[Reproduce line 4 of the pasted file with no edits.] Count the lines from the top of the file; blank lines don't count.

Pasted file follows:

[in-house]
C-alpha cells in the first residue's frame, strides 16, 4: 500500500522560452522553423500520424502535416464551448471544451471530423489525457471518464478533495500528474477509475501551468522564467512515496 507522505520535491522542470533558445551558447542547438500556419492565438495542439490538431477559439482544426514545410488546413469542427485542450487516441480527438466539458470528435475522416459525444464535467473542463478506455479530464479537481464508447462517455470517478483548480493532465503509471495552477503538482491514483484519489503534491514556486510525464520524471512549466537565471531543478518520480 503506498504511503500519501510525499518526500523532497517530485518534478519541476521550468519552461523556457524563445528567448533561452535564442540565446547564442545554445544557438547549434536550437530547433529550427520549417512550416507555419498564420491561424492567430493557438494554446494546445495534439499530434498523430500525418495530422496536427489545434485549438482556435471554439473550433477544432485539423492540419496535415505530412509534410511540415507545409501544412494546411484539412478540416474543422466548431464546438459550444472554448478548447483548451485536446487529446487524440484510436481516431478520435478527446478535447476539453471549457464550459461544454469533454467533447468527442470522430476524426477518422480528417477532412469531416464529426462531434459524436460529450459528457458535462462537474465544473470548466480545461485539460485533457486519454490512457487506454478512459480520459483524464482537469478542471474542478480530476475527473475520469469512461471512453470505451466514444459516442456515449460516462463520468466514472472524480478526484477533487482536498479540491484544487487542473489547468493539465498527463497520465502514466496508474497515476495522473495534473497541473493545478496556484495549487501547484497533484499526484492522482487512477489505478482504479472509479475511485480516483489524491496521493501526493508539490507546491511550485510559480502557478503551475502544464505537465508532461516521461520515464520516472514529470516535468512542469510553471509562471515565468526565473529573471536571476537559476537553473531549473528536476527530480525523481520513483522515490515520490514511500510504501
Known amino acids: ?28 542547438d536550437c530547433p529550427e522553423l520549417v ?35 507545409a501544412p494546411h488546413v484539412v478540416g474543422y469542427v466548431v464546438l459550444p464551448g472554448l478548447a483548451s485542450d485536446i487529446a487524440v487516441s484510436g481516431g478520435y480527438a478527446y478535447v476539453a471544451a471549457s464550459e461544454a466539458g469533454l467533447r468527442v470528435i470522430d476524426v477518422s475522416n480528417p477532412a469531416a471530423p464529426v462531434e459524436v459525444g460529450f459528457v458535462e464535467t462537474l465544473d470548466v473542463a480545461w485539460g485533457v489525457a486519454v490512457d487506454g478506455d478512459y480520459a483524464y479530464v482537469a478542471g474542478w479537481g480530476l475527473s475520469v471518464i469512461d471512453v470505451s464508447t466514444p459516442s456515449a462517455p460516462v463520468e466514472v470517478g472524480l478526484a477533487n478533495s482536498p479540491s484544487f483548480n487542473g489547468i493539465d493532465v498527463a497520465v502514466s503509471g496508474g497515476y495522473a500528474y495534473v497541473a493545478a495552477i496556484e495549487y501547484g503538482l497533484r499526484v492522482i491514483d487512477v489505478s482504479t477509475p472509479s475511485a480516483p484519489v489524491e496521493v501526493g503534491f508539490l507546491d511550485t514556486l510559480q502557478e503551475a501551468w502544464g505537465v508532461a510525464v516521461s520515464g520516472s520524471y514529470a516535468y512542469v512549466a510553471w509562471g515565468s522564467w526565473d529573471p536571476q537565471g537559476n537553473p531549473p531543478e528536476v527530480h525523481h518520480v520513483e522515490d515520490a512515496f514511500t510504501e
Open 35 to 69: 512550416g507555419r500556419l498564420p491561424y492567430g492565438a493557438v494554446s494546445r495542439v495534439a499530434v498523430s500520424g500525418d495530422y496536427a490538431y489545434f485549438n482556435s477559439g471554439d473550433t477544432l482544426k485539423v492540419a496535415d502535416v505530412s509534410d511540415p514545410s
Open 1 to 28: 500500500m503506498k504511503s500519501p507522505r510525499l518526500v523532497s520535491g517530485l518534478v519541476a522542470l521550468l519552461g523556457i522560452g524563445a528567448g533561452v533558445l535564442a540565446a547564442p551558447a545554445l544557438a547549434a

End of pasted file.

Open 35 to 69: 512550416g507555419r500556419l498564420p491561424y492567430g492565438a493557438v494554446s494546445r495542439v495534439a499530434v498523430s500520424g500525418d495530422y496536427a490538431y489545434f485549438n482556435s477559439g471554439d473550433t477544432l482544426k485539423v492540419a496535415d502535416v505530412s509534410d511540415p514545410s